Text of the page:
ABSTRACT: Almost all important decisions in people’s lives entail risky and delayed consequences. Regardless of whether we make choices involving health, wealth, love or education, almost every choice involves costs and benefits that are uncertain and materialize over time. Because risk and delay often arise simultaneously, theories of decision making should be capable of explaining how behavior under risk and over time interacts. There is, in fact, a growing body of evidence indicating important interactions between behaviorally revealed risk tolerance and patience. Risk taking behavior is delay dependent, and time discounting is risk dependent. Here we show that the inherent uncertainty of future events conjointly with people’s proneness to weight probabilities nonlinearly generates a unifying framework for explaining time-dependent risk taking, risk-dependent time discounting, preferences for late resolution of uncertainty, and several other puzzling interaction effects between risk and time.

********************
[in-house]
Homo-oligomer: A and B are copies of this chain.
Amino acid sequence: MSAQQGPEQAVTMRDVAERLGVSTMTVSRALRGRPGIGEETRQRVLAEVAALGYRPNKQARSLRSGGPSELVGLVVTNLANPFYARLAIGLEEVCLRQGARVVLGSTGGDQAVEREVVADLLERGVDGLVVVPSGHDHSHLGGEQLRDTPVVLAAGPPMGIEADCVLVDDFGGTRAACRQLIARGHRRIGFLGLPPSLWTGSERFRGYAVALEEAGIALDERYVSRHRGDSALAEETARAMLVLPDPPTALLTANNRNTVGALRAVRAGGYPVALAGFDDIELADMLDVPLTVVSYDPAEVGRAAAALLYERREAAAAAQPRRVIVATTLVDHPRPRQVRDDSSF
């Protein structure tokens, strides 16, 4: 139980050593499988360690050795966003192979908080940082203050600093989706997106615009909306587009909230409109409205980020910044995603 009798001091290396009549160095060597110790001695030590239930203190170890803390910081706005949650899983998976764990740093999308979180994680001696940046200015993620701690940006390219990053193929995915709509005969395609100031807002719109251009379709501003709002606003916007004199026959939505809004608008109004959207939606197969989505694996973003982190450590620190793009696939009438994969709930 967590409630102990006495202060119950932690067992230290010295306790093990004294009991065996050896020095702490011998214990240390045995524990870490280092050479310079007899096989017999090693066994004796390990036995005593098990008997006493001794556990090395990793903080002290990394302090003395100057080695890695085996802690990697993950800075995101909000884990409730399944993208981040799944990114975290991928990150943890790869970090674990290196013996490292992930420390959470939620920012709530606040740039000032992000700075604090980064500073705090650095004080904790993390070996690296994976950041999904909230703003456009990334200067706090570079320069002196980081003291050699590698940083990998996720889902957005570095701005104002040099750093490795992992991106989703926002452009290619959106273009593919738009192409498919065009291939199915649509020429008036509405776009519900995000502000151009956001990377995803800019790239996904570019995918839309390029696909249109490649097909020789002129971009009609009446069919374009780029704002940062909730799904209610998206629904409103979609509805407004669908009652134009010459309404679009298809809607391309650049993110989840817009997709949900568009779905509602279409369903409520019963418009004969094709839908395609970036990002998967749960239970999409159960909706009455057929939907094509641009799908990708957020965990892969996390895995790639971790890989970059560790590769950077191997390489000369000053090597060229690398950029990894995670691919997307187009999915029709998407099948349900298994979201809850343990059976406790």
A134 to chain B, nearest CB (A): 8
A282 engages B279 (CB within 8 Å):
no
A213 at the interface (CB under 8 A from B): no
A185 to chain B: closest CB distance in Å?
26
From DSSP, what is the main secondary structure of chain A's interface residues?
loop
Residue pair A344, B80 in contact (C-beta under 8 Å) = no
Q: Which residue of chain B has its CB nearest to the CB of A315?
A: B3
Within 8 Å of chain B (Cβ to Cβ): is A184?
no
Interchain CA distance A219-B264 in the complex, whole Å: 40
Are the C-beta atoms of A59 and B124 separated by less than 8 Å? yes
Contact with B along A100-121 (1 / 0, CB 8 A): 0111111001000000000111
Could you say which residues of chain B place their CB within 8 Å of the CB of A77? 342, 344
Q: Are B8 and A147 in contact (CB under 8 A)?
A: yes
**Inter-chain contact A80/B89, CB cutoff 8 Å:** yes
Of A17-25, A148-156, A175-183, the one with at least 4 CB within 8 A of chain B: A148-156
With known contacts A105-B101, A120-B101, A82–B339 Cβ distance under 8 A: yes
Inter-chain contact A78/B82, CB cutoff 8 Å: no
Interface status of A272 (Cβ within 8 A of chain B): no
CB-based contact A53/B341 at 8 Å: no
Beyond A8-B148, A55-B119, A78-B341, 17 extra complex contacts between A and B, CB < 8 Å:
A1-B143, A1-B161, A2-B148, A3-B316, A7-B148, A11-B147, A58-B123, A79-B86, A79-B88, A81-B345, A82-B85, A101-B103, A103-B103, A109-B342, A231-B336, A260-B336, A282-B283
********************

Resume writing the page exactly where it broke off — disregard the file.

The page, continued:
Epper, Thomas, Helga Fehr-Duda, and Renate Schubert (2011): Energy-Using Durables: The Role of Time
Discounting in Investment Decisions, IED Working Paper 16, April 2011. » PDF (612 kB).
Epper, Thomas, Helga Fehr-Duda, and Adrian Bruhin (2009): Uncertainty Breeds Decreasing Impatience: The Role of Risk Preferences in Time Discounting, Working Paper No. 412, Institute for Empirical Research in Economics, University of Zurich, May 2009. » PDF (446 kB).
Bruhin, Adrian, Helga Fehr-Duda, and Thomas F. Epper (2007): Risk and Rationality: Uncovering Heterogeneity in Probability Distortion, SOI Working Paper 0705, May 2007. » PDF (392 kB).